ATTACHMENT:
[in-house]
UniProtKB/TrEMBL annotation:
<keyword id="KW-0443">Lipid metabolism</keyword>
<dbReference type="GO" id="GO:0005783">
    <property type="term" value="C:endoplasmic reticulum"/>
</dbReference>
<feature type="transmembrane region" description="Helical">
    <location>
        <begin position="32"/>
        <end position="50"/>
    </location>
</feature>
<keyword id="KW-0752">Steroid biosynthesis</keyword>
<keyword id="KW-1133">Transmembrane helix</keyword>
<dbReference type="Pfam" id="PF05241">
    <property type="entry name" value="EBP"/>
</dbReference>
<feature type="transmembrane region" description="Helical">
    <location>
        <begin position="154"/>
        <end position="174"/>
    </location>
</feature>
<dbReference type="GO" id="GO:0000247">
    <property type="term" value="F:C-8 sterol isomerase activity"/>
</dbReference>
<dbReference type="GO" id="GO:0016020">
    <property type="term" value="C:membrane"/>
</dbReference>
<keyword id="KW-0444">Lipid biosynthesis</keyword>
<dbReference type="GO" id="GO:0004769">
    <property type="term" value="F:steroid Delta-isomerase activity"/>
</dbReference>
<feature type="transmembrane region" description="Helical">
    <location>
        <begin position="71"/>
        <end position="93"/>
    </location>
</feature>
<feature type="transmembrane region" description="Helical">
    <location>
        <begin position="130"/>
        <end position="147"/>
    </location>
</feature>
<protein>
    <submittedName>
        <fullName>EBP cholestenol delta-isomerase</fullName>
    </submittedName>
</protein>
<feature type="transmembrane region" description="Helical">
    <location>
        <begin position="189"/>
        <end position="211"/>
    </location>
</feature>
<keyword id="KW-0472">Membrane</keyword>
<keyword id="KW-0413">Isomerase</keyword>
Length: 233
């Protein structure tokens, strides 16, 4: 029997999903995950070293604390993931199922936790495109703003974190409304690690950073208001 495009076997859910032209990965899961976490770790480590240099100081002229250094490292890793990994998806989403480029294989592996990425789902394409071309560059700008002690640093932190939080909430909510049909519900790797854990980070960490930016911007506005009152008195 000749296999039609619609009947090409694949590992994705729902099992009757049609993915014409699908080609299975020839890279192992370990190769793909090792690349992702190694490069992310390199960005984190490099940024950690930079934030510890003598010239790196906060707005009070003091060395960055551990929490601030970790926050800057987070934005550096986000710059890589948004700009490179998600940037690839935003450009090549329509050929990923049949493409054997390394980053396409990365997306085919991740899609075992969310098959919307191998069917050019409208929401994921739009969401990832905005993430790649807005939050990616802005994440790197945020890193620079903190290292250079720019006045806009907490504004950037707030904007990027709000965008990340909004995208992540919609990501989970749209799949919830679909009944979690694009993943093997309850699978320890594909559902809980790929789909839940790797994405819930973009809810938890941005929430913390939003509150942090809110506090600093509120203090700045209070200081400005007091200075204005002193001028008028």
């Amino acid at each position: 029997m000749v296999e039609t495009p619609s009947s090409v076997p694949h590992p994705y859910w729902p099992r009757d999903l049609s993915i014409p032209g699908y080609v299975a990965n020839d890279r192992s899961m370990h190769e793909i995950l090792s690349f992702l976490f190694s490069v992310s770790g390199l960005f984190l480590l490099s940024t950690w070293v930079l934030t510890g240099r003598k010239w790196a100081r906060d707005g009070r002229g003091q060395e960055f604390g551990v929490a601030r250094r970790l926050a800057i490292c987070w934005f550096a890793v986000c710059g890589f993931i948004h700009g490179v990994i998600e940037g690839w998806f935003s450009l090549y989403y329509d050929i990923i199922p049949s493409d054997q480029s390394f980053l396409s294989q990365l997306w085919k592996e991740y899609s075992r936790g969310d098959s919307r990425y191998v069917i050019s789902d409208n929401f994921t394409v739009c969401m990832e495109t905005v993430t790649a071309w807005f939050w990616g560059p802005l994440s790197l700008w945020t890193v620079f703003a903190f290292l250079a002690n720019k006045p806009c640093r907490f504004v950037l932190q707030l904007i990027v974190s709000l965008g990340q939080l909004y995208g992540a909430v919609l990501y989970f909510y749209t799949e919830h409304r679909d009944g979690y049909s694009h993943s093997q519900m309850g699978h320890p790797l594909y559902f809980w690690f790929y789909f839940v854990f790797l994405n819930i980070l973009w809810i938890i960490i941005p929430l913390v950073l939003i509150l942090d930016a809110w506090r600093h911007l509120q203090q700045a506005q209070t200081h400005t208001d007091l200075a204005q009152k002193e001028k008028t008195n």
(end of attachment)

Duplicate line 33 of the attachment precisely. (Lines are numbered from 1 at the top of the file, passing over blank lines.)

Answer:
</dbReference>